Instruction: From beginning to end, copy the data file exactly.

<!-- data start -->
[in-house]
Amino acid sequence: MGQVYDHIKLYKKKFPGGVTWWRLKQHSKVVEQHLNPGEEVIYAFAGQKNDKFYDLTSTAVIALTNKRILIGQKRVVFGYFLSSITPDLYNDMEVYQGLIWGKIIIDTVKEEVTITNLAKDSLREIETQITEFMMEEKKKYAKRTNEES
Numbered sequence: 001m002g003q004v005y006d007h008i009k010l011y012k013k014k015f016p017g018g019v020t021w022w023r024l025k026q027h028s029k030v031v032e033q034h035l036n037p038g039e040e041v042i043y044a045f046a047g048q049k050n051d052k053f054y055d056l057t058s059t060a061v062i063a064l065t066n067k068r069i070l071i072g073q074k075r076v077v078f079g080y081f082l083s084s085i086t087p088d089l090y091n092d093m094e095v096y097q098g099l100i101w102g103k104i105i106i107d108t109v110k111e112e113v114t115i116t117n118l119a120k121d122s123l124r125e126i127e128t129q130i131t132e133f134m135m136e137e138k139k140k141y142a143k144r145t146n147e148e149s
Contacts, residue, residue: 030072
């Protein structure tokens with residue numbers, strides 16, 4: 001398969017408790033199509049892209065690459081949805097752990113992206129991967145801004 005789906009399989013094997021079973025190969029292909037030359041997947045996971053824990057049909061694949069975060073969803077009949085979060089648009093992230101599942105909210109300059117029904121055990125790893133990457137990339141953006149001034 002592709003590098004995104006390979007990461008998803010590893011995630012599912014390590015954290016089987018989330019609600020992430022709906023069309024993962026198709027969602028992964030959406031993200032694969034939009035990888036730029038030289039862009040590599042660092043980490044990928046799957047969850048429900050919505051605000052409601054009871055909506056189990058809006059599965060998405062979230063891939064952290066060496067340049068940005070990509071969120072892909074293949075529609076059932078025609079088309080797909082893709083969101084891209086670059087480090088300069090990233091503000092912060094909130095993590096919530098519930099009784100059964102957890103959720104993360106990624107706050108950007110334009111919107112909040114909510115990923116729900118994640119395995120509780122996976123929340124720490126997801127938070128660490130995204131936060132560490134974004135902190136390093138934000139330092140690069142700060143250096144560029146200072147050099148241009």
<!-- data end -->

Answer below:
[in-house]
Amino acid sequence: MGQVYDHIKLYKKKFPGGVTWWRLKQHSKVVEQHLNPGEEVIYAFAGQKNDKFYDLTSTAVIALTNKRILIGQKRVVFGYFLSSITPDLYNDMEVYQGLIWGKIIIDTVKEEVTITNLAKDSLREIETQITEFMMEEKKKYAKRTNEES
Numbered sequence: 001m002g003q004v005y006d007h008i009k010l011y012k013k014k015f016p017g018g019v020t021w022w023r024l025k026q027h028s029k030v031v032e033q034h035l036n037p038g039e040e041v042i043y044a045f046a047g048q049k050n051d052k053f054y055d056l057t058s059t060a061v062i063a064l065t066n067k068r069i070l071i072g073q074k075r076v077v078f079g080y081f082l083s084s085i086t087p088d089l090y091n092d093m094e095v096y097q098g099l100i101w102g103k104i105i106i107d108t109v110k111e112e113v114t115i116t117n118l119a120k121d122s123l124r125e126i127e128t129q130i131t132e133f134m135m136e137e138k139k140k141y142a143k144r145t146n147e148e149s
Contacts, residue, residue: 030072
């Protein structure tokens with residue numbers, strides 16, 4: 001398969017408790033199509049892209065690459081949805097752990113992206129991967145801004 005789906009399989013094997021079973025190969029292909037030359041997947045996971053824990057049909061694949069975060073969803077009949085979060089648009093992230101599942105909210109300059117029904121055990125790893133990457137990339141953006149001034 002592709003590098004995104006390979007990461008998803010590893011995630012599912014390590015954290016089987018989330019609600020992430022709906023069309024993962026198709027969602028992964030959406031993200032694969034939009035990888036730029038030289039862009040590599042660092043980490044990928046799957047969850048429900050919505051605000052409601054009871055909506056189990058809006059599965060998405062979230063891939064952290066060496067340049068940005070990509071969120072892909074293949075529609076059932078025609079088309080797909082893709083969101084891209086670059087480090088300069090990233091503000092912060094909130095993590096919530098519930099009784100059964102957890103959720104993360106990624107706050108950007110334009111919107112909040114909510115990923116729900118994640119395995120509780122996976123929340124720490126997801127938070128660490130995204131936060132560490134974004135902190136390093138934000139330092140690069142700060143250096144560029146200072147050099148241009």